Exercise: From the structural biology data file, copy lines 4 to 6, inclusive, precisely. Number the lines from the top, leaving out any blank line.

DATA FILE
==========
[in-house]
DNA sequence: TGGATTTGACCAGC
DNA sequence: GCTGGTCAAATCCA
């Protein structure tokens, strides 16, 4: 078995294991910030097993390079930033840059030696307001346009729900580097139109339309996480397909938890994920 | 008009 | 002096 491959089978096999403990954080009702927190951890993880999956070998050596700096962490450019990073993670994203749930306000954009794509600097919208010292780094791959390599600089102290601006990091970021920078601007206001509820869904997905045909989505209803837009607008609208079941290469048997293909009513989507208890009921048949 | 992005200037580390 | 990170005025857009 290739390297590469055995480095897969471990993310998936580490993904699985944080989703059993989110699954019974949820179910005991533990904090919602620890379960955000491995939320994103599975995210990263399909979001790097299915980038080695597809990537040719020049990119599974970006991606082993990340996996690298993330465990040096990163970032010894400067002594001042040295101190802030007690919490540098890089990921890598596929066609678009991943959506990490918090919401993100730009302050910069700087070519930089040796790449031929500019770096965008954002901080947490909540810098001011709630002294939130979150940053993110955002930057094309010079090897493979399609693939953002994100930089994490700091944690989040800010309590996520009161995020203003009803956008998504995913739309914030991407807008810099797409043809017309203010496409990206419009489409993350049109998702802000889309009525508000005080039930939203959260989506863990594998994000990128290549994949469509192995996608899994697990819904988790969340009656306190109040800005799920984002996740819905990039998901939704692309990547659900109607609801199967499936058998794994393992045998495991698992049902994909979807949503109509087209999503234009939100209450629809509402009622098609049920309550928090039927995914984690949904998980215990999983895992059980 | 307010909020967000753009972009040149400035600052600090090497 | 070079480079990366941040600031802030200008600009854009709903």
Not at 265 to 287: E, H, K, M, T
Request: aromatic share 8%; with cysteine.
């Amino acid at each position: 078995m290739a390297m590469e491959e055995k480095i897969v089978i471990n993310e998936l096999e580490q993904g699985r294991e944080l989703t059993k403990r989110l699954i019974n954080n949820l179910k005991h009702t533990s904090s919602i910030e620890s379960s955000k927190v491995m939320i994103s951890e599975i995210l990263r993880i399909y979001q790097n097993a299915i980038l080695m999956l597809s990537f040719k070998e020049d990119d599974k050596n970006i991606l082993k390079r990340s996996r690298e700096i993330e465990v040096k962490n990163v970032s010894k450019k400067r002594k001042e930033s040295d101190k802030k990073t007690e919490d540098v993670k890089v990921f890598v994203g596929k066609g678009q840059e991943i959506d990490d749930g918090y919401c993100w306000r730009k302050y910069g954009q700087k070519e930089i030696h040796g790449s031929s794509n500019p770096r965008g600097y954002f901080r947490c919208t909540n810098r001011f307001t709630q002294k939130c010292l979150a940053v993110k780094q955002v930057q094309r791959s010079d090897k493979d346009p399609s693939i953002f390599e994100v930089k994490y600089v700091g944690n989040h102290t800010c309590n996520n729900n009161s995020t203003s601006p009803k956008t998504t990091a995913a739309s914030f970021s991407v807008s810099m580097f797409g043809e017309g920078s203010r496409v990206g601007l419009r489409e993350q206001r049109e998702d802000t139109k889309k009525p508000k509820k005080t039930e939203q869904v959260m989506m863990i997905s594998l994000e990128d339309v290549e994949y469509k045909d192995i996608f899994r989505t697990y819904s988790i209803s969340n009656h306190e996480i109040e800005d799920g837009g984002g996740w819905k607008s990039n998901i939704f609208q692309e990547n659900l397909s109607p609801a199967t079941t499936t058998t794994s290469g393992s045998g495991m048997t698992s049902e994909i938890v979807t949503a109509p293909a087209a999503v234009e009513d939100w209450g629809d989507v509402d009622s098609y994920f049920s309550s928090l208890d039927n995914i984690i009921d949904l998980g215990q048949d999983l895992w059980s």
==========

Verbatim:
């Protein structure tokens, strides 16, 4: 078995294991910030097993390079930033840059030696307001346009729900580097139109339309996480397909938890994920 | 008009 | 002096 491959089978096999403990954080009702927190951890993880999956070998050596700096962490450019990073993670994203749930306000954009794509600097919208010292780094791959390599600089102290601006990091970021920078601007206001509820869904997905045909989505209803837009607008609208079941290469048997293909009513989507208890009921048949 | 992005200037580390 | 990170005025857009 290739390297590469055995480095897969471990993310998936580490993904699985944080989703059993989110699954019974949820179910005991533990904090919602620890379960955000491995939320994103599975995210990263399909979001790097299915980038080695597809990537040719020049990119599974970006991606082993990340996996690298993330465990040096990163970032010894400067002594001042040295101190802030007690919490540098890089990921890598596929066609678009991943959506990490918090919401993100730009302050910069700087070519930089040796790449031929500019770096965008954002901080947490909540810098001011709630002294939130979150940053993110955002930057094309010079090897493979399609693939953002994100930089994490700091944690989040800010309590996520009161995020203003009803956008998504995913739309914030991407807008810099797409043809017309203010496409990206419009489409993350049109998702802000889309009525508000005080039930939203959260989506863990594998994000990128290549994949469509192995996608899994697990819904988790969340009656306190109040800005799920984002996740819905990039998901939704692309990547659900109607609801199967499936058998794994393992045998495991698992049902994909979807949503109509087209999503234009939100209450629809509402009622098609049920309550928090039927995914984690949904998980215990999983895992059980 | 307010909020967000753009972009040149400035600052600090090497 | 070079480079990366941040600031802030200008600009854009709903």
Not at 265 to 287: E, H, K, M, T
Request: aromatic share 8%; with cysteine.